Local utilities need new alliances - study / Levy for wind acceptance
PwC / VKU
Local energy suppliers say that alliances in the industry and with new outside players are needed to secure their economic success in the future, according to a study conducted by the consultancy PricewaterhouseCoopers (PwC) and commissioned by the German Association of Local Utilities (VKU). New business areas could best be developed this way, as risks and know-how can be shared and transferred. The study is based on interviews of local utility representatives, and PwC includes a market analysis and proposals on how companies should act. The study’s “management summary”, seen by the Clean Energy Wire, says that municipal utilities are under pressure due to increasingly complex regulatory regimes, digitalisation, and competition. “There hardly exists a business model for conventional [power] generation in the current market environment,” writes PwC, and adds that renewables generation is seen more positively by local utilities.
For background, read the CLEW factsheet Small, but powerful – Germany’s municipal utilities.
The German government must take precautions to secure citizens’ acceptance for future wind power expansion, as it is a central pillar of the country’s energy transition, writes the energy think tank Agora Energiewende* in a report. Municipalities located near wind parks should in the future receive a “fair” share of these parks’ revenues through a levy paid by operators. “People should get more out of having new wind farms set up near their home,” said Agora Energiewende head Patrick Graichen. The money could, for instance, be used to help finance new kindergartens or other community projects. The think tank also calls on the government to let citizens participate in the planning process for new wind farms from an early point on.
*Like the Clean Energy Wire, Agora Energiewende is a project funded by Stiftung Mercator and the European Climate Foundation.
Cologne Institute for Economic Research (IW)
The EU’s plan to introduce stringent energy consumption targets could be counterproductive if the aim is to effectively and cost-efficiently decarbonise Europe’s economy, says a new study conducted by the Cologne Institute for Economic Research (IW). On the one hand, large-scale decarbonisation relies on energy-intensive sector coupling technologies – which would actually increase energy needs. On the other hand, additional measures could run counter to the EU Emissions Trading System (EU ETS). “In sectors covered by the EU ETS, one should not be forced to use additional energy efficiency instruments. They add to the cost burden for companies without helping the decarbonisation efforts,” says the author, Benjamin Tischler. Instead, he proposes to include all relevant economic sectors in the EU ETS, and to only introduce additional policies that “remedy market imperfections”.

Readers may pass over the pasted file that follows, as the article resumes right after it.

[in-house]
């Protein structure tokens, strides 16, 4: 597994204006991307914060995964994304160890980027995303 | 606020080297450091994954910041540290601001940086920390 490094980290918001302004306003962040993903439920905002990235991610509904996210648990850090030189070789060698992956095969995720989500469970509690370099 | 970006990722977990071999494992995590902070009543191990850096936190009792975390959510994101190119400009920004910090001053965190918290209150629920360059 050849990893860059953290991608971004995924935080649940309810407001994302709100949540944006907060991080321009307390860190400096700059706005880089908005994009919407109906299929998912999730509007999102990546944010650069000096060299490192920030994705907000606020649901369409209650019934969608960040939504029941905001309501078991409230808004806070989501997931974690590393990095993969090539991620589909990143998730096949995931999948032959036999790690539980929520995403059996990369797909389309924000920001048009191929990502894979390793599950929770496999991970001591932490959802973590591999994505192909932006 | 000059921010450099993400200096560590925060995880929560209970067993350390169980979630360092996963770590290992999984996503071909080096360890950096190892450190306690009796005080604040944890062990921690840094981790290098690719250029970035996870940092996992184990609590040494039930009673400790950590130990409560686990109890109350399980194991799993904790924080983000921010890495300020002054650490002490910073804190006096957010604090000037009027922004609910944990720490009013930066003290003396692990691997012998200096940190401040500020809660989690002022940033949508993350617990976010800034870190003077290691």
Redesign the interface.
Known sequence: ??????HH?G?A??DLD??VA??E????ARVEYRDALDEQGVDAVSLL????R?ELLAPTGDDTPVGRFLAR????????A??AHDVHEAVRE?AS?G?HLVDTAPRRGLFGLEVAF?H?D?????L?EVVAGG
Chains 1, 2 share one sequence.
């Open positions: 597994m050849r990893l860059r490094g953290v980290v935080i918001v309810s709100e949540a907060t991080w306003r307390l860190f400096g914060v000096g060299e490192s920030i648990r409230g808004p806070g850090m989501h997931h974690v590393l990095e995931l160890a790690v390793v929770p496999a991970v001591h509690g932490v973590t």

The EU’s plan to allow fuel from felled trees to qualify as renewable energy could accelerate climate change, writes Felix Creutzig of the Mercator Research Institute on Global Commons and Climate Change (MCC) in a guest commentary in the Süddeutsche Zeitung. It makes sense to count woody debris as regenerative biomass. However, using tree trunks creates an incentive to clear complete forests, and the argument that forests absorb a sufficient amount of CO₂ emissions during their growth has been proven wrong in several scientific studies, writes Creutzig. Trees need decades to absorb sizeable amounts of CO₂, and wood that is burned emits more CO₂ than coal per generated kilowatt hour of electricity.
Read the guest commentary in German here.
For background, read the CLEW dossier Bioenergy in Germany, and the factsheet Bioenergy in Germany – facts and figures on development, support and investment.
Possible negotiations to extend Germany’s grand coalition government should put a special focus on international competitiveness, as the US under President Donald Trump is increasingly becoming a rival, writes the Christian Democratic Party’s (CDU) energy politician Thomas Bareiß in a guest commentary in the Handelsblatt. “The Energiewende must not become an industry location disadvantage,” writes Bareiß. The ’shale gas revolution‘ in the US will likely guarantee low electricity prices in the US for decades, and Germany should “put more emphasis on affordability again” and continue with measures to balance out high Renewable Energy Act (EEG) costs, he writes. Germany should clearly advocate for free global trade.
Find the guest commentary (behind paywall) in German here.
For background, read the CLEW dossier Energiewende effects on power prices, costs and industry, and follow the latest developments on building a new German government.
The only way to enable “Chancellor [Angela] Merkel’s next government to reach the 2020 climate target is to exit from coal-fired power generation,” writes Jennifer Morgan, executive director of Greenpeace International in a guest commentary in the Frankfurter Rundschau. During recent visits to Asia, Morgan had witnessed the international reaction to news that Germany might give up on its 2020 climate target. “In China, South Korea, and Taiwan – countries that currently set the guidelines for their future energy supply – nuclear and coal companies gratefully pounce on Germany’s lily-livered energy policy,” writes Morgan. Merkel must no longer supply international climate protection critics with “cheap excuses,” and should make sure that concrete steps toward Germany’s coal exit are included in the future coalition treaty, rather than being decided by a commission by the end of 2018, writes Morgan.
Find the guest commentary in German here.
For background, read the CLEW article German party leaders agree energy policy blueprint for coalition talks, and the coalition watch.